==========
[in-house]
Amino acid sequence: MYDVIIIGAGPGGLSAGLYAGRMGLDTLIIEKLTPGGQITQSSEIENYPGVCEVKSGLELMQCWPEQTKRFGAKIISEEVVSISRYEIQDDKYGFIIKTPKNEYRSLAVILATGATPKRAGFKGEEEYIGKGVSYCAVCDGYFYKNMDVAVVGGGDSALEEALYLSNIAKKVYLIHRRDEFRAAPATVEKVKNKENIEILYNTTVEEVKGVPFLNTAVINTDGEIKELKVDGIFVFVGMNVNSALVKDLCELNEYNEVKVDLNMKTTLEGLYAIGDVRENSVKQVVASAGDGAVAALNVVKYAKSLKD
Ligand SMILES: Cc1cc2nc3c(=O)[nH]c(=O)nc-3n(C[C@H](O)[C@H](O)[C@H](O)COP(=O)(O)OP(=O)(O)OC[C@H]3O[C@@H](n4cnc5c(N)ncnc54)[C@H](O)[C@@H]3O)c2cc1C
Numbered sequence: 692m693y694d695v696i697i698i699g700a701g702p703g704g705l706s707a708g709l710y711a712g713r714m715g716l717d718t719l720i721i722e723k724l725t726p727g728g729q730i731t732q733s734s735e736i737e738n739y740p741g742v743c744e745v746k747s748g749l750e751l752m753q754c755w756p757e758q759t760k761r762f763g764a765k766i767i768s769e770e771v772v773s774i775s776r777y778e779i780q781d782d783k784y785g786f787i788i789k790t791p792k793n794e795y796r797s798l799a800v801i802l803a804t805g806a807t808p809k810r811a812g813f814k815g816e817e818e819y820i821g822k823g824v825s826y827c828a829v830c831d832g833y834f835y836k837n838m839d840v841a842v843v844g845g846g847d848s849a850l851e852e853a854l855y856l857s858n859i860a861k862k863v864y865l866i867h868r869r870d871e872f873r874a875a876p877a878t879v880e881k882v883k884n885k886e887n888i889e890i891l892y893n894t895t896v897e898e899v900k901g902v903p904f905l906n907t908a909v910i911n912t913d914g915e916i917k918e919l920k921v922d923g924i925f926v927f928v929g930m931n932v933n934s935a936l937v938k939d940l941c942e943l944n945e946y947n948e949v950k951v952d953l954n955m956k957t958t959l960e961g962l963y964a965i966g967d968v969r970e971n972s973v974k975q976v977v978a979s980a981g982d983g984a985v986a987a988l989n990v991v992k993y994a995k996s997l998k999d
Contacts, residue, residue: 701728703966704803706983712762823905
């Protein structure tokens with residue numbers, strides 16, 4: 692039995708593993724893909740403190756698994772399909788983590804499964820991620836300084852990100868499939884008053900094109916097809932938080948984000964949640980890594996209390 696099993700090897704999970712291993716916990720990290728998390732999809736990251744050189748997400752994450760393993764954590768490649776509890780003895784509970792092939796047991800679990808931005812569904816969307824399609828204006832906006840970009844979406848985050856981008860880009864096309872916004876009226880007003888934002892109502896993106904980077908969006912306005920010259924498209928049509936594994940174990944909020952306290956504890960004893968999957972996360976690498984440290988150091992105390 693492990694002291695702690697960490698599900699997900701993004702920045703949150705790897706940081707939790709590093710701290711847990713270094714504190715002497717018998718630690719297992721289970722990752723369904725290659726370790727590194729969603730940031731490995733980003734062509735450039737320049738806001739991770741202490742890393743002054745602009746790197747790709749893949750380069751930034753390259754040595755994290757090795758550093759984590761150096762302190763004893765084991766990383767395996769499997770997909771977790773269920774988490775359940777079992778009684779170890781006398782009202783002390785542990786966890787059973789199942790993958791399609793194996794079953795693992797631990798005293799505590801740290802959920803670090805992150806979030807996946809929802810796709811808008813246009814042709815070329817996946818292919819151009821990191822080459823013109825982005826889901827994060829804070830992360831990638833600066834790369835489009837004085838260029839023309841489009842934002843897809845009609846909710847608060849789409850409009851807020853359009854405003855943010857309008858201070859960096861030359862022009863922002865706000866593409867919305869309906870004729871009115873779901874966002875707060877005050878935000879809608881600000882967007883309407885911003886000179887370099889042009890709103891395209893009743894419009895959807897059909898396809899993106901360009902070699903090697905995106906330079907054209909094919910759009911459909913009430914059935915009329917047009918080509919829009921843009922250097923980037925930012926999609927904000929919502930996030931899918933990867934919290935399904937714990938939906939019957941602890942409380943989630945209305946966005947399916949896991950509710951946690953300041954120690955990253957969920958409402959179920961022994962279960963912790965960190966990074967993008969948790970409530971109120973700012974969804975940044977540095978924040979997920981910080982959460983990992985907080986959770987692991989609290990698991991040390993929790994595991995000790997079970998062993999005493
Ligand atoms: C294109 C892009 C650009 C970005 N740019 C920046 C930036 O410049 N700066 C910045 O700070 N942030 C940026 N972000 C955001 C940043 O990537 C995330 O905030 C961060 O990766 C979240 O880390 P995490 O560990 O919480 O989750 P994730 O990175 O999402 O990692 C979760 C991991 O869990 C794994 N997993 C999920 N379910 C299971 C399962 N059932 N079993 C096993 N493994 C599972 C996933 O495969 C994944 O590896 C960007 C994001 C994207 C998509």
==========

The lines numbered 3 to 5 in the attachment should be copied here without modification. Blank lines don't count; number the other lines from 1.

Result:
Ligand SMILES: Cc1cc2nc3c(=O)[nH]c(=O)nc-3n(C[C@H](O)[C@H](O)[C@H](O)COP(=O)(O)OP(=O)(O)OC[C@H]3O[C@@H](n4cnc5c(N)ncnc54)[C@H](O)[C@@H]3O)c2cc1C
Numbered sequence: 692m693y694d695v696i697i698i699g700a701g702p703g704g705l706s707a708g709l710y711a712g713r714m715g716l717d718t719l720i721i722e723k724l725t726p727g728g729q730i731t732q733s734s735e736i737e738n739y740p741g742v743c744e745v746k747s748g749l750e751l752m753q754c755w756p757e758q759t760k761r762f763g764a765k766i767i768s769e770e771v772v773s774i775s776r777y778e779i780q781d782d783k784y785g786f787i788i789k790t791p792k793n794e795y796r797s798l799a800v801i802l803a804t805g806a807t808p809k810r811a812g813f814k815g816e817e818e819y820i821g822k823g824v825s826y827c828a829v830c831d832g833y834f835y836k837n838m839d840v841a842v843v844g845g846g847d848s849a850l851e852e853a854l855y856l857s858n859i860a861k862k863v864y865l866i867h868r869r870d871e872f873r874a875a876p877a878t879v880e881k882v883k884n885k886e887n888i889e890i891l892y893n894t895t896v897e898e899v900k901g902v903p904f905l906n907t908a909v910i911n912t913d914g915e916i917k918e919l920k921v922d923g924i925f926v927f928v929g930m931n932v933n934s935a936l937v938k939d940l941c942e943l944n945e946y947n948e949v950k951v952d953l954n955m956k957t958t959l960e961g962l963y964a965i966g967d968v969r970e971n972s973v974k975q976v977v978a979s980a981g982d983g984a985v986a987a988l989n990v991v992k993y994a995k996s997l998k999d
Contacts, residue, residue: 701728703966704803706983712762823905